"Professor" Harold Hill, aka "The Music Man," travels around the Midwest pretending to be a music professor, promising to teach even the most tone-deaf children how to play instruments and then form a band. Relying on false credentials, he convinces parents to order instruments and uniforms, then skips town, leaving the town without a band. In the musical, "The Music Man," written by Meredith Willson and based on a story by Willson and Franklin Lacey and set in 1912, Hill targets a small town in Iowa.
Although the townspeople question Hill's musical and professorial credentials, he cleverly avoids answering by not only breaking into song, but getting those around to join him. After the song ends, no one remembers to follow up on the original questioning. However, this time his scam is thwarted when he falls in love with the piano-playing librarian, Marian Paroo, who happens to be onto his scam, but falls for him, as well, and refuses to turn him in.
Following his heart, Hill stays in town and forms the band. The townspeople are so thrilled to hear their sons playing music, albeit awfully, Hill avoids going to jail or any other comeuppance. But what about the other towns Hill conned, who never got a band and may not be so forgiving? What would their recourse be against a modern-day Hill?
Federally, Hill could be charged with mail fraud1 and/or wire fraud.2 Mail fraud requires the government to prove beyond a reasonable doubt: (1) a scheme to defraud; and (2) a mailing of a letter for the purpose of executing the scheme.3 The mailing need only be "incident to an essential part of the scheme or a step in the plot."4 Wire fraud also requires the government to prove a scheme to defraud and additionally, the use of interstate wire communications in furtherance of the scheme.5 Because Hill appears to have furthered his scheme and/or ordered the instruments and uniforms via wire (telegraph) or mail, or both, he could be charged with either one of those crimes.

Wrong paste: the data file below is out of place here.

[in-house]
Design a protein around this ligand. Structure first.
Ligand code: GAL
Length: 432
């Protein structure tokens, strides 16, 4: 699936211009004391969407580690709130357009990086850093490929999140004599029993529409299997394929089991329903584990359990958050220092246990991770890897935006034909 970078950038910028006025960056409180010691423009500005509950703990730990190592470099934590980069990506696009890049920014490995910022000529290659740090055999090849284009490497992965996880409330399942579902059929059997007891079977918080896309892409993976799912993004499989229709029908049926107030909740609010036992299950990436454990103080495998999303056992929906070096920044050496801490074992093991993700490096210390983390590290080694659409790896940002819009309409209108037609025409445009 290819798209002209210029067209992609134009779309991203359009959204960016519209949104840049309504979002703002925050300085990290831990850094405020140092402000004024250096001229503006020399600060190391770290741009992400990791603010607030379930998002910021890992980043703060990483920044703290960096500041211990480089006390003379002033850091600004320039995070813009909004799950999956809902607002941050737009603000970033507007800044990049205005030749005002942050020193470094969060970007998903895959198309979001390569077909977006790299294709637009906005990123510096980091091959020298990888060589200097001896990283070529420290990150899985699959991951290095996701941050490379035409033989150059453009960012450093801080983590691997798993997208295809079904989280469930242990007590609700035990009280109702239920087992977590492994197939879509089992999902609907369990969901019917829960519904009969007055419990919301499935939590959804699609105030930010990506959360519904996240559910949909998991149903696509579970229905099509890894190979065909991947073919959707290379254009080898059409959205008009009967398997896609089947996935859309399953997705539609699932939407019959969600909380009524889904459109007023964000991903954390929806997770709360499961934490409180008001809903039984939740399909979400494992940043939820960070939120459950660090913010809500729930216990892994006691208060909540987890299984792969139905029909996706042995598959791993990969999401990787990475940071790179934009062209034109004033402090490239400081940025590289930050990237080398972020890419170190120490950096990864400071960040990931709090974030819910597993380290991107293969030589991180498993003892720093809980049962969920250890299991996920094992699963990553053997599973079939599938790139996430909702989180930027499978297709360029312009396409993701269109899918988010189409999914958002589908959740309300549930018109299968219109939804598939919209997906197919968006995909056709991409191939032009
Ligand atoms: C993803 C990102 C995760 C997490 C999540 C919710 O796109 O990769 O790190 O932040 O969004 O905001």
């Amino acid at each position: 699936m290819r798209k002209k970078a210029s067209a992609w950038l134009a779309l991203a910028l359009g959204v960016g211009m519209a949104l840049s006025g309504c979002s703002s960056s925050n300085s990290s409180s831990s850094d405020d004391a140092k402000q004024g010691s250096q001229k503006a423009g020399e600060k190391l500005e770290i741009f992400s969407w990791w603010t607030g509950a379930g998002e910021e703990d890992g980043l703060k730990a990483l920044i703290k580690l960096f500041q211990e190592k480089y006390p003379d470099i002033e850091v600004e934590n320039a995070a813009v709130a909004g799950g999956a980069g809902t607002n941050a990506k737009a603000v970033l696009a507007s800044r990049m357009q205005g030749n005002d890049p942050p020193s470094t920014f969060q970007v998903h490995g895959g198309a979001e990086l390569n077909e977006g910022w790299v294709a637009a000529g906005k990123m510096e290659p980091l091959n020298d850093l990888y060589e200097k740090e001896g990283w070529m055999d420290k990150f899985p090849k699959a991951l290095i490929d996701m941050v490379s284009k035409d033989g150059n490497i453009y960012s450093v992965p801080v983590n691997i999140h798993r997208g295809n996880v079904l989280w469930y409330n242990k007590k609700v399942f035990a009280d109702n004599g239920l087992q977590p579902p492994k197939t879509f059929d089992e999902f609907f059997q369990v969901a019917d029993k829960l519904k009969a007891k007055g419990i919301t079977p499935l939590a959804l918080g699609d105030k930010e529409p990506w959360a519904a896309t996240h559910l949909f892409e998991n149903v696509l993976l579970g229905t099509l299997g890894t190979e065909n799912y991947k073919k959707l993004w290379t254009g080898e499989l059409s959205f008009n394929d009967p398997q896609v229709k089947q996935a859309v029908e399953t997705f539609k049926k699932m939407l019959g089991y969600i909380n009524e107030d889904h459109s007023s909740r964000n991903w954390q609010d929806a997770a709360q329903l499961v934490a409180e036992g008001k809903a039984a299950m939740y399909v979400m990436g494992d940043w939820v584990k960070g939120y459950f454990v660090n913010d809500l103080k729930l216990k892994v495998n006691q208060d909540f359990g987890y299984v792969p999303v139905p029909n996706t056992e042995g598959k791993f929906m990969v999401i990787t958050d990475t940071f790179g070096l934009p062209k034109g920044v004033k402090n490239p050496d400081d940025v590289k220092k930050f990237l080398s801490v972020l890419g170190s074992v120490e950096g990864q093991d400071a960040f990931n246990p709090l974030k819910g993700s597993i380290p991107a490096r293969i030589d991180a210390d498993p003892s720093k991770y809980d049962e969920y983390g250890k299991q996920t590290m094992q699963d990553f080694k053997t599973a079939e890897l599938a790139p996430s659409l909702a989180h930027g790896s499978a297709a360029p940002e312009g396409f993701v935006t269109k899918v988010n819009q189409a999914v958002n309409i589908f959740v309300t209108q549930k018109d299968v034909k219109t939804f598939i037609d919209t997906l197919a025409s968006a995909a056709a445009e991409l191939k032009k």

Importantly, Hill could be charged with mail or wire fraud for his acts in Iowa, despite not following through with the scheme. Because mail and wire fraud are inchoate offenses, meaning incomplete crimes, Hill can be convicted of mail fraud even though his scheme did not reach fruition.6 Should the townspeople have second thoughts about refusing to prosecute Hill, or should the other victims catch up with him, Hill could additionally be charged for his actions in Iowa.
Assuming Hill ran his scam in Washington, he could be charged under several different statutes. First, Hill could simply be charged with theft. In Washington, theft includes obtaining control over the property of another, with intent to deprive him or her of property by color or aid of deception.7 The degree of theft depends upon the value of the property. Specifically, property with a value exceeding $5,000 constitutes first-degree theft,8 a class B felony.9
Depending upon the specific facts of the case, other possible charges against Hill include obtaining a signature by deception or duress and criminal impersonation. If any of the parents executed a written instrument, which includes any paper or document containing written or printed matter,10 Hill could be charged with a class C felony,11 obtaining a signature by deception or duress, if, with the intent to defraud, he caused another to sign or execute a written instrument,12 as opposed to a musical one.
If Hill assumed a false identity, he could be charged with the class C felony criminal impersonation. As the musical reveals, Harold Hill is not our protagonist's real name. A person is guilty of criminal impersonation if he "assumes a false identity and does an act in his or her assumed character with intent to defraud another or for any other unlawful purpose."13 Proving criminal impersonation requires: (1) the assumption of a false identity; and (2) commission of an act in the assumed character with intent to defraud another or for any other unlawful purpose.14
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